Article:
Friday, October 7, 2016

Film Review: The Forest (2016)

The Forest (Review)
United States/2016
Format Viewed For Review: HBO Now
Netflix Streaming: No
Amazon Prime: No
*A 31 Days of Halloween Special Review

"The plot was forgettable, the characters were hollow, the horror was nonexistent, and, worst of all, I was bored during most of the movie."

Sara (Natalie Dormer) travels to the Aokigahara Forest in search of her twin sister, Jess.

The Forest is a generic horror film with hollow characters and a paper-thin plot. In fact, a large chunk of the film is explained to you in a disjointed montage during the first five minutes of the film. Essentially, Sara receives news that her sister, Jess, has gone missing in the Aokigahara Forest, which is an infamous location in Japan where people often commit suicide. Sara refuses to believe her sister is dead because she can 'feel' it, so she travels to Japan to find her. So, she meets a few people, specifically Aiden (Taylor Kinney), who she convinces to lead her around the dangerous forest. That's it. From there, the plot goes around in circles with the same boring scenes. Due to its lack of character, the story is dull. It drags itself along until it hits its ending – which also happens to be bad.

The Forest is a frustrating movie because is so disappointing. First and foremost, the lack of character depth and empathy leaves this film feeling hollow. A connection is never formed between Sara and Jess, so you never feel anything for the characters. Who cares if she finds her sister? I certainly did not. The film has some psychological aspects – some that even interested me for about a minute – but it never tackles any of its significant themes. Suicide is obvious, but it is often dismissed – apathy. Oh, and back to characters for a moment: it doesn't help that Sara is completely unlikable. She's the haughty 'get-it-my-way'-type of character who you want to scream at because she makes so many stupid decisions. (The 'haughty' element comes from her constant dismissal of Japanese culture.)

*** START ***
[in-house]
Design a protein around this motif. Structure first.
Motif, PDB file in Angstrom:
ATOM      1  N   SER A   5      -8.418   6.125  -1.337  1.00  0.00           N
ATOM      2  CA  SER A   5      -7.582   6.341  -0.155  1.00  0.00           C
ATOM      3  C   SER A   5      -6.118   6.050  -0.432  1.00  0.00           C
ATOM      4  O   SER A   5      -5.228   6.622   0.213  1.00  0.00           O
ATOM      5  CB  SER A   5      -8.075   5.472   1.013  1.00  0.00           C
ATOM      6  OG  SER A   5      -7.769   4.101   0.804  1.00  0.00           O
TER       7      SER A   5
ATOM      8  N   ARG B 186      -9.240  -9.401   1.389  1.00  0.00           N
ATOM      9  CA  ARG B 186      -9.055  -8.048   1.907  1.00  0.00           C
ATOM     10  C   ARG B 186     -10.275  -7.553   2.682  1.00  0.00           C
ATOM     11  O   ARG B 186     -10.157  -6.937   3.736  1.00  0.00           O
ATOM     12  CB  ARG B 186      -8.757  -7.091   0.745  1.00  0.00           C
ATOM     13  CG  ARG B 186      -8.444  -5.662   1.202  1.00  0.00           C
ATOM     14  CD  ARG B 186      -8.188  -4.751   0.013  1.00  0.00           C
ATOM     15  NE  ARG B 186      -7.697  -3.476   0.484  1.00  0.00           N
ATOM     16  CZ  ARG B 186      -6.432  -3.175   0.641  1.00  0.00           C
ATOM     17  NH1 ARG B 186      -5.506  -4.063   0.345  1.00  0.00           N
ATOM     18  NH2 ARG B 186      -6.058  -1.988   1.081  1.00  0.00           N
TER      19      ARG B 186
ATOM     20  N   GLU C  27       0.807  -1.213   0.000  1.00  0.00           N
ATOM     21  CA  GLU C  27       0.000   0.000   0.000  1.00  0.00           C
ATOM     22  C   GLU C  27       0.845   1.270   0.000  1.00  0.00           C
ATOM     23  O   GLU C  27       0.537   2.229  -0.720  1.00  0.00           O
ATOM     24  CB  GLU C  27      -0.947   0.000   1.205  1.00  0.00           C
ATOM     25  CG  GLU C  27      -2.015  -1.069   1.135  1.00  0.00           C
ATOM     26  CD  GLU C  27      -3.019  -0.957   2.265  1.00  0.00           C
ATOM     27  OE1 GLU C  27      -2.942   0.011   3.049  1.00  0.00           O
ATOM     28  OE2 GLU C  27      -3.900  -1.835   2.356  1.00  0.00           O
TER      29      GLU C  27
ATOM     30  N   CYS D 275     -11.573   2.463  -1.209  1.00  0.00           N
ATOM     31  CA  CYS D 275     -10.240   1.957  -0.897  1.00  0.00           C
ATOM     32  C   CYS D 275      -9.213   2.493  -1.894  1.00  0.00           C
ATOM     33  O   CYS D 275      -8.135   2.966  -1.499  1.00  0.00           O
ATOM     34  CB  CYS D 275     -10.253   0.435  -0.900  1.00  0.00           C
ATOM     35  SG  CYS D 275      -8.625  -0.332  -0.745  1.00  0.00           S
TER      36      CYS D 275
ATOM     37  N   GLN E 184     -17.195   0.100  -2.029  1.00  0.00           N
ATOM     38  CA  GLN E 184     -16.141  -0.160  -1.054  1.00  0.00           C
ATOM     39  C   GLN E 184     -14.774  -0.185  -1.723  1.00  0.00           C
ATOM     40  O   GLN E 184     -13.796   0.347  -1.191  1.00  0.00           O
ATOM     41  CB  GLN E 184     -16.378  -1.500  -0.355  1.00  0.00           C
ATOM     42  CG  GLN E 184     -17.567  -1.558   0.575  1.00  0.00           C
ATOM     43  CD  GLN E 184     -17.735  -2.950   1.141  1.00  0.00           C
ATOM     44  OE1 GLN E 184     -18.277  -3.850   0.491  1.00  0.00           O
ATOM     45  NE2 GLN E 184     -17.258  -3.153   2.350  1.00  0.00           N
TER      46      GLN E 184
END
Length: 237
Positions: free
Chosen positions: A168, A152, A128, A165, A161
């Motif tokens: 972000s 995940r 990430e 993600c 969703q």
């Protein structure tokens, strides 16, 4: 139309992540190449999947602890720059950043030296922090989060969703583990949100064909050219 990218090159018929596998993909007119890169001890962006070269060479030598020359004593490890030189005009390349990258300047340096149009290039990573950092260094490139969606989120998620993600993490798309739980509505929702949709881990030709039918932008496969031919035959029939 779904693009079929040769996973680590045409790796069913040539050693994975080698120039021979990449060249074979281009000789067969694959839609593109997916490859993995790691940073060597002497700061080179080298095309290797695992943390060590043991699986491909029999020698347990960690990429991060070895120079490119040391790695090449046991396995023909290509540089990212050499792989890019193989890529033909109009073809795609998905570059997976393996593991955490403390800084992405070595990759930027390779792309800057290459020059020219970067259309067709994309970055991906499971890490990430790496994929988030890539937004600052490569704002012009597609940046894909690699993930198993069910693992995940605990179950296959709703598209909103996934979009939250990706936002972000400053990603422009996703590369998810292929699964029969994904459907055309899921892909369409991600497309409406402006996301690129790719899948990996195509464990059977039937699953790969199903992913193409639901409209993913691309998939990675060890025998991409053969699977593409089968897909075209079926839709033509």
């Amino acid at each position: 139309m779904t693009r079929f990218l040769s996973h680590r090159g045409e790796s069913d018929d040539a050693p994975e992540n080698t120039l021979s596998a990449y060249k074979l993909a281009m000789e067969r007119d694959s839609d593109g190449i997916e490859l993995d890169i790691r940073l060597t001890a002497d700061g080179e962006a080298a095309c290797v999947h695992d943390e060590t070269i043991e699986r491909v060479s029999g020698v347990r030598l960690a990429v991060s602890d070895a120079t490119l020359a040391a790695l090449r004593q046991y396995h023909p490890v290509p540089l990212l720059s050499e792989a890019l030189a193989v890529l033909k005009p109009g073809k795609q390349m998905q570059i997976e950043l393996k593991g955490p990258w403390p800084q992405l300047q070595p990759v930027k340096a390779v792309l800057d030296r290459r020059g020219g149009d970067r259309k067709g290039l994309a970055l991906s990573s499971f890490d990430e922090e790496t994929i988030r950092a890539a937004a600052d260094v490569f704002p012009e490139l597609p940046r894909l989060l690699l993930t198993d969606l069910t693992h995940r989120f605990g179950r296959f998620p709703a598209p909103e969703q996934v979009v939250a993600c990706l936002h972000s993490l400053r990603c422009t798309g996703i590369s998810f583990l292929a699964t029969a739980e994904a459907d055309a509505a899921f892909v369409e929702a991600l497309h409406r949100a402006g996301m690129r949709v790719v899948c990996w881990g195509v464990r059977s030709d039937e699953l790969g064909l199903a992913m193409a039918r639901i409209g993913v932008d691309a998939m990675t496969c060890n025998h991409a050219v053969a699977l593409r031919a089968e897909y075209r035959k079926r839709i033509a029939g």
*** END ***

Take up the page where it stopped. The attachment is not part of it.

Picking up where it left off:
This is a horror film, right? So, I should probably be a bit lenient. Horror films, especially modern horror movies, don't focus much on character or themes. However, even if I were to dismiss all of the above, The Forest would still fall flat. Why? Well, because it's not a scary movie. Bland story and hollow/annoying characters aside, The Forest also fails to deliver any significant scares. There is no suspense, therefore all of the jump-scares are duds. Since the film is almost completely reliant on jump-scares, there isn't much here. Aokigahara is a frightening place by itself, but the film still doesn't have any sort of atmosphere. You feel like you're in a generic forest with no personality. There is nothing scary about this movie – nothing.

Natalie Dormer was... serviceable. For the most part, her performance was boring, but that's probably due to playing 'generic horror character #520.' Taylor Kinney and the rest of the supporting cast were good, though. On the technical side, the film is competent. It looks good and the music matched the tone of the film. That's all there is to it. The Forest is directed by Jason Zada and written by Ben Ketai, Sarah Cornwell, and Nick Antosca. Zada knows how to craft a movie with a beginning, middle, and end, but he failed at making a horror movie. He shows promise, but horror might not be his genre. I'm surprised this movie had three writers. The screenplay couldn't have been that large considering the lack of character and, well, plot. Instead of insulting their writing, let's just ask ourselves one question: why did this movie need three writers? Let's think about that.

Overall, The Forest is, unfortunately, a bad movie. Truth be told, I was very excited for this movie. I've always been fascinated by Aokigahara and I always appreciate when horror movies travel to new locations – haunted houses are so 2015. To my dismay, this film was a dud. The plot was forgettable, the characters were hollow, the horror was nonexistent, and, worst of all, I was bored during most of the movie. I mean, I'm practically falling asleep while writing this review!

Score: 3/10
Parental Guide: Some violence and blood.

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